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one might just as reasonably calculate on the intervention of a fairy, as on the train of lucky chances which combine first to involve Tom Jones in his difficulties, and afterwards to extricate him. Perhaps, indeed, the supernatural fable is of the two not only (as we before remarked) the less mischievous in its moral effects, but also the more correct kind of composition in point of taste: the author lays down a kind of hypothesis of the existence of ghosts, witches, or fairies, and professes to describe what would take place under that hypothesis; the novelist, on the contrary, makes no demand of extraordinary machinery, but professes to describe what may actually take place, according to the existing laws of human affairs: if he therefore present us with a series of events quite unlike any which ever do take place, we have reason to complain that he has not made good his professions.
When, therefore, the generality, even of the most approved novels, were of this character (to say nothing of the heavier charges brought, of inflaming the passions of young persons by warm descriptions, weakening their abhorence of profligacy, by exhibiting it in combination with the most engaging qualities, and presenting vice in all its allurements, while setting forth the triumphs of “ virtue rewarded”) it is not to be wondered that the grave guardians of youth should have generally stigmatized the whole class, as " serving only to fill young people's heads with romantic love-stories, and rendering them anfit to mind any thing else.” That this censure and caution should in many instances be indiscriminate, can surprise no one, who recollects how rare a quality discrimination is; and how much better it suits indolence, as well as ignorance, to lay down a rule, than to ascertain the exceptions to it: we are acquainted with a careful mother whose daughters, while they never in their lives read a novel of any kind, are permitted to peruse, without reserve, any plays that happen to fall in their way; and with another, from whom no lessons, however excellent, of wisdom and piety, contained in a prose-fiction, can obtain quarter ; but who, on the other hand, is no less indiscriminately indulgent to her children in the article of tales in verse, of whatever character.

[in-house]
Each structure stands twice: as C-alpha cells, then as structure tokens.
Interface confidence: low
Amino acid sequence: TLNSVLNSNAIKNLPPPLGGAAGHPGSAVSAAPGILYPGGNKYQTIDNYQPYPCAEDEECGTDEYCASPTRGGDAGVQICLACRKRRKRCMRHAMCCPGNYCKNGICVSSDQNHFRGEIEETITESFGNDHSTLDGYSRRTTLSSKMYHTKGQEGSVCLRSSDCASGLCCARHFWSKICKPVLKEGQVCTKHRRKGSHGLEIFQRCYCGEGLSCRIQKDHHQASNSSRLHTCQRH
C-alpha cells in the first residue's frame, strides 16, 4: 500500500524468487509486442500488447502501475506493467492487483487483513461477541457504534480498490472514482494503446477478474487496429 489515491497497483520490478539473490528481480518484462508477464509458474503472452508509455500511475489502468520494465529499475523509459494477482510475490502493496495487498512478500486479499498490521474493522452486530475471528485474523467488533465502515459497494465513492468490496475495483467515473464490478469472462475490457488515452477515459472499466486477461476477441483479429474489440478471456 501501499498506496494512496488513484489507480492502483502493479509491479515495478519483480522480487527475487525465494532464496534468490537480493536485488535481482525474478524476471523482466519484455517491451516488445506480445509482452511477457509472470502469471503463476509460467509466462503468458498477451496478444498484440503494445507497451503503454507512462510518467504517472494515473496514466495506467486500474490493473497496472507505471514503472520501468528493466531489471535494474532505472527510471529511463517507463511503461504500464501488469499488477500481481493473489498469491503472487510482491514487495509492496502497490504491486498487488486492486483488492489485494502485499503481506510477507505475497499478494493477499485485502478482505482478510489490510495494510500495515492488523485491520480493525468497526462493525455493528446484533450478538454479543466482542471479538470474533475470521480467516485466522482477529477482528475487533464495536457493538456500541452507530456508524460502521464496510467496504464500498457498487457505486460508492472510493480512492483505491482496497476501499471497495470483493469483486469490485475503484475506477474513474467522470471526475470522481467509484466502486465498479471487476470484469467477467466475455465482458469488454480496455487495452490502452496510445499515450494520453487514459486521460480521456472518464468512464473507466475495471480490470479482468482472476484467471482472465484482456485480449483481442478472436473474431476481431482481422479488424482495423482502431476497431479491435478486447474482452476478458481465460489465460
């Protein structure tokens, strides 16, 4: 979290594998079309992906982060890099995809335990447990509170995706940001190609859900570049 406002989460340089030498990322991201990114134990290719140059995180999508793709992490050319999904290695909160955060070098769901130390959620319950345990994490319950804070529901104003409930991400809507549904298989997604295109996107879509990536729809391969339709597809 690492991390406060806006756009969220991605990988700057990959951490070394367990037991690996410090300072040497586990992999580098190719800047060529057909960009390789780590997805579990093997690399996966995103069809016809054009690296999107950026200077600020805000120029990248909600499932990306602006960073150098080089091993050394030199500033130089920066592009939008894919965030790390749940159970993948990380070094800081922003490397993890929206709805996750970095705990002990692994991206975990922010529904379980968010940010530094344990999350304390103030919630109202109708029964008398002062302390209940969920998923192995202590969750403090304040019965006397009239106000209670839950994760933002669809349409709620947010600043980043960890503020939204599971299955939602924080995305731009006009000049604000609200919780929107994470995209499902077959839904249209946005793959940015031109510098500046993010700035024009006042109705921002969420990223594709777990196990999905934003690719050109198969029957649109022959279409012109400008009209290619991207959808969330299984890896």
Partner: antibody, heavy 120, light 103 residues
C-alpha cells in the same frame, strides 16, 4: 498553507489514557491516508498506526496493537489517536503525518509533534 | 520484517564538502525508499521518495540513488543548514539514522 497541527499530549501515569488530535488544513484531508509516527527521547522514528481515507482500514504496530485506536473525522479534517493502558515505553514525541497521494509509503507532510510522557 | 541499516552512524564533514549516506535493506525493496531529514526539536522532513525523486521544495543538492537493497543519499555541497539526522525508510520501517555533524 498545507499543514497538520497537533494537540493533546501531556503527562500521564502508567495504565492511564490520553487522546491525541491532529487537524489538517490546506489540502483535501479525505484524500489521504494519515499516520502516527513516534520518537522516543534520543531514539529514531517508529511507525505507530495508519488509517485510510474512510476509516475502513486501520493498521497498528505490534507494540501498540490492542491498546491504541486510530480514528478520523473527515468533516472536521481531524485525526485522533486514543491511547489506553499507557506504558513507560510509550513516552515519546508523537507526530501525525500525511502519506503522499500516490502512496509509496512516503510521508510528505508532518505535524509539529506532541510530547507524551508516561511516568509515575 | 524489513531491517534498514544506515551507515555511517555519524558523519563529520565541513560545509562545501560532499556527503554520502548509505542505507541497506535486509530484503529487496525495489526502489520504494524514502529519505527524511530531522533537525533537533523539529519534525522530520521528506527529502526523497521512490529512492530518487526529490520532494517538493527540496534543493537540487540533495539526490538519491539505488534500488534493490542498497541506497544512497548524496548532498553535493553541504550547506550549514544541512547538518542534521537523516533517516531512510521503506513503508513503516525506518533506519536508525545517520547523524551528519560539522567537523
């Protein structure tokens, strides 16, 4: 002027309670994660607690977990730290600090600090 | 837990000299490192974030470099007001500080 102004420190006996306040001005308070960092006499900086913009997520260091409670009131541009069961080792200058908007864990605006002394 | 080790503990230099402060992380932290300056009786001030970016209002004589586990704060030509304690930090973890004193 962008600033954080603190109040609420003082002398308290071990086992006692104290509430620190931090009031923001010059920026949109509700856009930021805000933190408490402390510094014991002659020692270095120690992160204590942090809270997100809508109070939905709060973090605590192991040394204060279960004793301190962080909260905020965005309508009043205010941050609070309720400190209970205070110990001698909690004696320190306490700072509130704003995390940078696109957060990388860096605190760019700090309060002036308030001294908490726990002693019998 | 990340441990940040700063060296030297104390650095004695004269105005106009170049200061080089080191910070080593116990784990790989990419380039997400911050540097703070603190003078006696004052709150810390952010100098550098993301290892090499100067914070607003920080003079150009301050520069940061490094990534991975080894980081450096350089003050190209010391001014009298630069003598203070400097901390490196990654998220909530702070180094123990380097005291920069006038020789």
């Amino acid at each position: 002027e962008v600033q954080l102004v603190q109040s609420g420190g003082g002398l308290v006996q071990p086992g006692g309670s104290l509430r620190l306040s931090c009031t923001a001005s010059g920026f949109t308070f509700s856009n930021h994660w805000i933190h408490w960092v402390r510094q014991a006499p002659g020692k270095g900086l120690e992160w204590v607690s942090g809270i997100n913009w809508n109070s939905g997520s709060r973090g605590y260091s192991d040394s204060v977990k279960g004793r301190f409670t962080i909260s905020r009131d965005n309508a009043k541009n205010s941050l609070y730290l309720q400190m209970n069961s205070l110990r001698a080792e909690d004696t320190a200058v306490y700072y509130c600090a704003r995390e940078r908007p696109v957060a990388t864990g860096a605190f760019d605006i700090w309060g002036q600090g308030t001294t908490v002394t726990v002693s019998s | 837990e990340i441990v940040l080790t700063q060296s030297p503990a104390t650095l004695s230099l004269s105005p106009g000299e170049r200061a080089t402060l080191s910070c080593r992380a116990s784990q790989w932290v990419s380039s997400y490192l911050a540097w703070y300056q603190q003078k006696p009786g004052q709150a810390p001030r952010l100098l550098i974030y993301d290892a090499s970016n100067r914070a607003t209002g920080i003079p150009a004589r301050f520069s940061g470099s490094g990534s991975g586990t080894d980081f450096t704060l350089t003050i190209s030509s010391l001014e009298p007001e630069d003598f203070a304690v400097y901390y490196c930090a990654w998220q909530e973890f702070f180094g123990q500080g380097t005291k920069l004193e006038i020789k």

The change, however, which we have already noticed, as having taken place in the character of several modern novels, has operated in a considerable degree to do away this prejudice; and has elevated this species of composition, in some respects at least, into a much higher class. For most of that instruction which used to be presented to the world in the shape of formal dissertations, or shorter and more desultory moral essays, such as those of the Spectator and Rambler, we may now resort to the pages of the acute and judicious, but not less amusing, novelists who have lately appeared. If their views of men and manners are no less just than those of the essayists who preceded them, are they to be rated lower, because they present to us these views, not in the language of general descrip
tion, but in the form of well-constructed fictitious narrative ? If the practical lessons they inculcate, are no less sound and useful, it is surely no diminution of their merit that they are conveyed by example instead of precept; nor, if their remarks are neither less wise nor less important, are they the less valuable for being represented as thrown out in the course of conversations suggested by the circumstances of the speakers, and perfectly in character. The praise and blame of the moralist are surely not the less effectual for being bestowed, - not in general declamation, on classes of men, but on individuals representing those classes, who are so clearly delineated and brought into action before us, that we seem to be acquainted with them, and feel an interest in their fate.